What is Lamination?

Laminate Sheets for direct mail postcards and mailers

What is Lamination?

When talking about the print industry, lamination (or laminating) refers to the process of bonding a film of clear plastic onto printed materials. Typically, the laminate film is applied to both sides of the printed piece so the piece is fully enclosed in plastic. Lamination protects from moisture, wrinkles, smudges, tears or anything that could shorten the life of the printed piece, plus it adds strength and rigidity.

Prints that Benefit From Laminating:

Anything that is handled often will benefit from laminating. Items such as restaurant menus, maps, educational materials, bookmarks, rewards cards, etc., are improved by laminating. It also tends to make the colors on your printed pieces more crisp and brilliant.

If you intend to use your print as something to write on, dry-erase or wet-erase markers go well with gloss laminates. Examples of some pieces you’d write on would be calendars, table tags, note boards, classroom charts, or task lists.

We highly recommend laminating printed pieces that will be used in dirty or damp environments. Pieces such as machinery instructions and warnings, rules sheets, item tags, and others. If the environment is very damp or greasy, the lamination film may often extend beyond the edge of the printed piece so the laminate layers can bond together and form a ‘pouch’. This keeps moisture, oil, dirt and elements from creeping under the edge of the printed piece.

Common Laminating Options:

Heat applied laminate is the industry standard, and typically the preferred method. Heat creates a strong bond between the printed piece and the laminate sheet. Sheets come in several different textures, but glossy is the most commonly chosen for its practicality, and because of its popularity, is usually the lowest priced lamination option.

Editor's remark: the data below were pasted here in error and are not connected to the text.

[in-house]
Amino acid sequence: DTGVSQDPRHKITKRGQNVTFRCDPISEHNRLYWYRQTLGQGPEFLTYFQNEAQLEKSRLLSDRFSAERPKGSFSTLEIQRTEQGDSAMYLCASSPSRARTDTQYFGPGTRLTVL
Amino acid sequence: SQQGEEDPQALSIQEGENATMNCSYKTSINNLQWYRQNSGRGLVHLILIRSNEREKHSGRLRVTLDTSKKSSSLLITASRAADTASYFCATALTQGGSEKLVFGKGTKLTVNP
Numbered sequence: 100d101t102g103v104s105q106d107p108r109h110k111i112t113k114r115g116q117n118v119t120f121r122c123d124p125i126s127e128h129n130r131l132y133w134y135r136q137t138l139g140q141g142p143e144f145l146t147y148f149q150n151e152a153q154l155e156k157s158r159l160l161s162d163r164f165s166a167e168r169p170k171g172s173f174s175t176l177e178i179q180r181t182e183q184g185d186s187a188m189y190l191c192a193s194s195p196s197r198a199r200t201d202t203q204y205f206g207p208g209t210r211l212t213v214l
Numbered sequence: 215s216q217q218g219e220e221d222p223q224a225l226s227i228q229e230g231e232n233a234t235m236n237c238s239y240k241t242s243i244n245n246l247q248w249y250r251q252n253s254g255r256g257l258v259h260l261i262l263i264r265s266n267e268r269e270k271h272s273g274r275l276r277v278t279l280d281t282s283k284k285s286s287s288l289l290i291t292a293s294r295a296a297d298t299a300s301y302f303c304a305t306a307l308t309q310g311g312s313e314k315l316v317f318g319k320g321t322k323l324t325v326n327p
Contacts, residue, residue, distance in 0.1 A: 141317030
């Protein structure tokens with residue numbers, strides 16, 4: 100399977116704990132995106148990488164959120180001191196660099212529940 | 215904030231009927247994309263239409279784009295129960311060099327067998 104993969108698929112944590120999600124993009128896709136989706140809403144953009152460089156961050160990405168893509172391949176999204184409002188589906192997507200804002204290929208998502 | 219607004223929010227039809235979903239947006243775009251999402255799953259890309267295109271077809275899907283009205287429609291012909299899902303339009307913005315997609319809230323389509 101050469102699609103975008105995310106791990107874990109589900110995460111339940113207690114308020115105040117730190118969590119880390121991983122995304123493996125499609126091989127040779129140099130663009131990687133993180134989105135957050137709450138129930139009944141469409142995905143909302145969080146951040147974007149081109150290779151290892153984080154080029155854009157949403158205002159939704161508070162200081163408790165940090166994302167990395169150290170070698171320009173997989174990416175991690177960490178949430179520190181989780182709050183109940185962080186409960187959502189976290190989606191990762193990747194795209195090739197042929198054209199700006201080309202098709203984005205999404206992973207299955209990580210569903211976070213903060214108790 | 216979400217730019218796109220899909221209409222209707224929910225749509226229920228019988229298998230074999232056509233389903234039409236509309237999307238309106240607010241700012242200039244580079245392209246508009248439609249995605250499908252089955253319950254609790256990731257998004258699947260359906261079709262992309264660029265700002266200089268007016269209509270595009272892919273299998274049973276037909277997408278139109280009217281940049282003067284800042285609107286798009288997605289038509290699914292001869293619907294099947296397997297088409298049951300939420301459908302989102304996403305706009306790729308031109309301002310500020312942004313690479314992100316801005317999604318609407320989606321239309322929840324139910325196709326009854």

Thickness is another variable when it comes to choosing a laminate for your print job. Lamination film thickness is usually measured in ‘mil’. One mil = .001 or 1/1000th of one inch (a mil is not the same unit as a millimeter). An example: A film measuring 3 mil would be .003 inch thick and a film measuring 10 mil would be .010 inch thick. If you need your printed piece to be fairly thick and rigid, a great tip that can save you money is to use a heavy cover weight paper or cardstock to print on, then apply a thinner laminate film… versus printing on thinner paper and using a thick laminate film. If you’re ever wondering about the best laminate choice, give us a call 800-826-2869 to discuss what you would like as your end result, and we will be happy to find a formula that is most economical for you.



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